- Former president Jacob Zuma wasn't keen on waiting around to hear whether or not he was permitted to leave the State Capture Inquiry
- Despite a summons to appear before the commission, Zuma opted to leave before obtaining permission
- This comes after his application for Deputy Chief Justice Raymond Zondo's recusal was dismissed
Former president Jacob Zuma may well be facing charges after leaving the State Capture Inquiry without being granted permission.
The Commission had taken a brief recess to determine whether or not Zuma would be allowed to leave the premises as his legal team had requested.
However, the ex-president had opted to jump the gun, a violation of the summons which had compelled him to appear for the entirety of this week.
Zuma's application seeking Zondo's recusal has taken up the majority of his allocated time at the Inquiry.
The ex-president may only leave the Inquiry with Deputy Chief Justice Raymond Zondo's permission, which would likely have been granted if he had the patience to return after the tea break.
Now, it remains unclear whether or not the inquiry will be pursuing criminal charges against Zuma for contempt of a subpoena summons.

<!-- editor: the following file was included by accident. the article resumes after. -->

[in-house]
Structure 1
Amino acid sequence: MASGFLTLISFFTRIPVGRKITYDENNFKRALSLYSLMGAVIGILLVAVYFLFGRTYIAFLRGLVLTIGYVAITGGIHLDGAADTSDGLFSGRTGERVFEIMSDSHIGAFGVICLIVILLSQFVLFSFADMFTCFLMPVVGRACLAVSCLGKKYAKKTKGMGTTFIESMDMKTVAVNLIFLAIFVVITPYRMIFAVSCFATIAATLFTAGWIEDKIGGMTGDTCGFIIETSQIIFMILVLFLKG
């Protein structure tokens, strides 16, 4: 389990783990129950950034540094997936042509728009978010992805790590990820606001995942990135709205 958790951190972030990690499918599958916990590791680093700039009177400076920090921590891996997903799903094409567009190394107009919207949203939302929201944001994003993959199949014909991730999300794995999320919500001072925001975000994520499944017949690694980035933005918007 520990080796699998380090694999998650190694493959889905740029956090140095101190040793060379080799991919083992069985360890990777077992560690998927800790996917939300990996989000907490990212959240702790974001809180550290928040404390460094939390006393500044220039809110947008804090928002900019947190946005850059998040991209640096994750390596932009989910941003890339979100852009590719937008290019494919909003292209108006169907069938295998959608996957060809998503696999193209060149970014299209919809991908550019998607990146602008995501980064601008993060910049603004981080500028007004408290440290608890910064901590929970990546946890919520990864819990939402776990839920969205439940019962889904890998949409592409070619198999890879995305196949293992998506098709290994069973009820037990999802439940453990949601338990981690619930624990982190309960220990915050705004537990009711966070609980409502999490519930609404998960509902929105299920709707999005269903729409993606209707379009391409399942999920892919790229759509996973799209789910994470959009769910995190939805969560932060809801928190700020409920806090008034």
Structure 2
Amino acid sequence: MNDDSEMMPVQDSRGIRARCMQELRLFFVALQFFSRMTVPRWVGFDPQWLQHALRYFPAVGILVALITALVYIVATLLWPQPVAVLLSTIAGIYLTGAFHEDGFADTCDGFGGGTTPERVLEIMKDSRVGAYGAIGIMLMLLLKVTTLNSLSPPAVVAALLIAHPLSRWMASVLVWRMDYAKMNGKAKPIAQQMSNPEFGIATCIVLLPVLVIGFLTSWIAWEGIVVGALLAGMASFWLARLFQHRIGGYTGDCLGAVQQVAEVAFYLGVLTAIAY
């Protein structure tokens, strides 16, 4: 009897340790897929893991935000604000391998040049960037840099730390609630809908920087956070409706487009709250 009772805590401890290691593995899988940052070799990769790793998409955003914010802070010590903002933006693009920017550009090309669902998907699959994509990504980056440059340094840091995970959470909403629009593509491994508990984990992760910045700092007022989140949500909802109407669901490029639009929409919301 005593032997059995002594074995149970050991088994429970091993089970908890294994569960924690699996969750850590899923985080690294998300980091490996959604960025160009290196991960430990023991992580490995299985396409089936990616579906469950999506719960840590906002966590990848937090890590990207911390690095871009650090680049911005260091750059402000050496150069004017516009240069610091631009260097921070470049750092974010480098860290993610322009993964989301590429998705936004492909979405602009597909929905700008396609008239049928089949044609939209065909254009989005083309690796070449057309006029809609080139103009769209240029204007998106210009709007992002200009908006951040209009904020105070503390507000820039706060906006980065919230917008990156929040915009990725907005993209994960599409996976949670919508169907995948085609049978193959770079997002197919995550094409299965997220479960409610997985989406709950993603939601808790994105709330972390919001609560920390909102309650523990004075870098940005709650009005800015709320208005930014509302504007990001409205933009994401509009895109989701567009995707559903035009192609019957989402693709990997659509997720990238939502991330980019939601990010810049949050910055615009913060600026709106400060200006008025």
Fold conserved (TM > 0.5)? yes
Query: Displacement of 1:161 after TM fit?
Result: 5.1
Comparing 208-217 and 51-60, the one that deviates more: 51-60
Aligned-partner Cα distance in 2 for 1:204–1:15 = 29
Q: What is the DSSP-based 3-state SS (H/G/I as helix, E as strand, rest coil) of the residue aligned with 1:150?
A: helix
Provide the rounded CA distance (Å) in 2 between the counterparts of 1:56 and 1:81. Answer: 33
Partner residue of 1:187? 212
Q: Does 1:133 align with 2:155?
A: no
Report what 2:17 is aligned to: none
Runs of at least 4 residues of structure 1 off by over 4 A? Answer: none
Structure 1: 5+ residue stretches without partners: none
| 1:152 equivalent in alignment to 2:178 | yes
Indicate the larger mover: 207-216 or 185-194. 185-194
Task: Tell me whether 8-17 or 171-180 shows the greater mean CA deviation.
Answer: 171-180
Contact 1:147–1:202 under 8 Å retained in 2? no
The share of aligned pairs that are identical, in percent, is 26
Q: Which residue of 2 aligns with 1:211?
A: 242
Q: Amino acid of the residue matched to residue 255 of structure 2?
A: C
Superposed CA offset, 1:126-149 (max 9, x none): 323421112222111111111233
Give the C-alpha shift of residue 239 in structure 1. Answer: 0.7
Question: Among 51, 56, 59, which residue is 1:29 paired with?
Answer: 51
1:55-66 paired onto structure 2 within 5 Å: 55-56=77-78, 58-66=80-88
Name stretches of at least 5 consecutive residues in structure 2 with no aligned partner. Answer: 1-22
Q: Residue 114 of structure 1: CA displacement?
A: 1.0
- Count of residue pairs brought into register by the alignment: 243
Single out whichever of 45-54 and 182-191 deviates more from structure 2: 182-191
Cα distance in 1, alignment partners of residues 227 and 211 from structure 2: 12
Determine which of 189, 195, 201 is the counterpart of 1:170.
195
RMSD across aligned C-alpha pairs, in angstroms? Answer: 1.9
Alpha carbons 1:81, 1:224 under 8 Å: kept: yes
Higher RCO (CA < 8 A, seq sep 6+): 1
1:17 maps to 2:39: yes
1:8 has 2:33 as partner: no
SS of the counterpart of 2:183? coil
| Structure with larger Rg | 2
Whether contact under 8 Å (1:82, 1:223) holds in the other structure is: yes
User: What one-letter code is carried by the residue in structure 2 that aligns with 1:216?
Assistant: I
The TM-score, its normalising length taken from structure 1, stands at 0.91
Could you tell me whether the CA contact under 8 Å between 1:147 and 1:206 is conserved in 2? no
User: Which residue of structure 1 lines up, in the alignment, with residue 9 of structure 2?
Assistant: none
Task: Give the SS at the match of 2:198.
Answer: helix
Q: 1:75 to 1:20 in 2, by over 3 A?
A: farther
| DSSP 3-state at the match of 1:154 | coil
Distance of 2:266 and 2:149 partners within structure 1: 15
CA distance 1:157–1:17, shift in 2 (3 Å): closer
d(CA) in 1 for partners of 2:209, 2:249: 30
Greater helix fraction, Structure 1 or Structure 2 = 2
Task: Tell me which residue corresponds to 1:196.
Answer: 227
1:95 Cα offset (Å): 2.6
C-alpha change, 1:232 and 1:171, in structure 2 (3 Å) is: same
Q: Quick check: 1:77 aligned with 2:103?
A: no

Earlier, Briefly.co.za reported that Zondo had expressed the immense difficulty the Inquiry has had attempting to get Zuma to take the stand.
The chairperson had explained that Zuma had failed to submit affidavits from over a year ago, despite boasting that he is more than willing to cooperate with the Inquiry.
Thursday saw Zondo dismissing Zuma's application seeking his recusal as the head of the commission.
The ex-president, in Zondo's view, had failed dismally to meet the test for the conflict of interest he claimed was at play.
Zondo also pointed out that Zuma had been aware of his appointment as head of the Inquiry for three years, questioning why the politician would wait until his second appearance to raise an issue with this.
Zondo also felt that Zuma had failed to provide evidence of their alleged close relationship and had opted not to raise complaints about Zondo's own account of their professional interactions.
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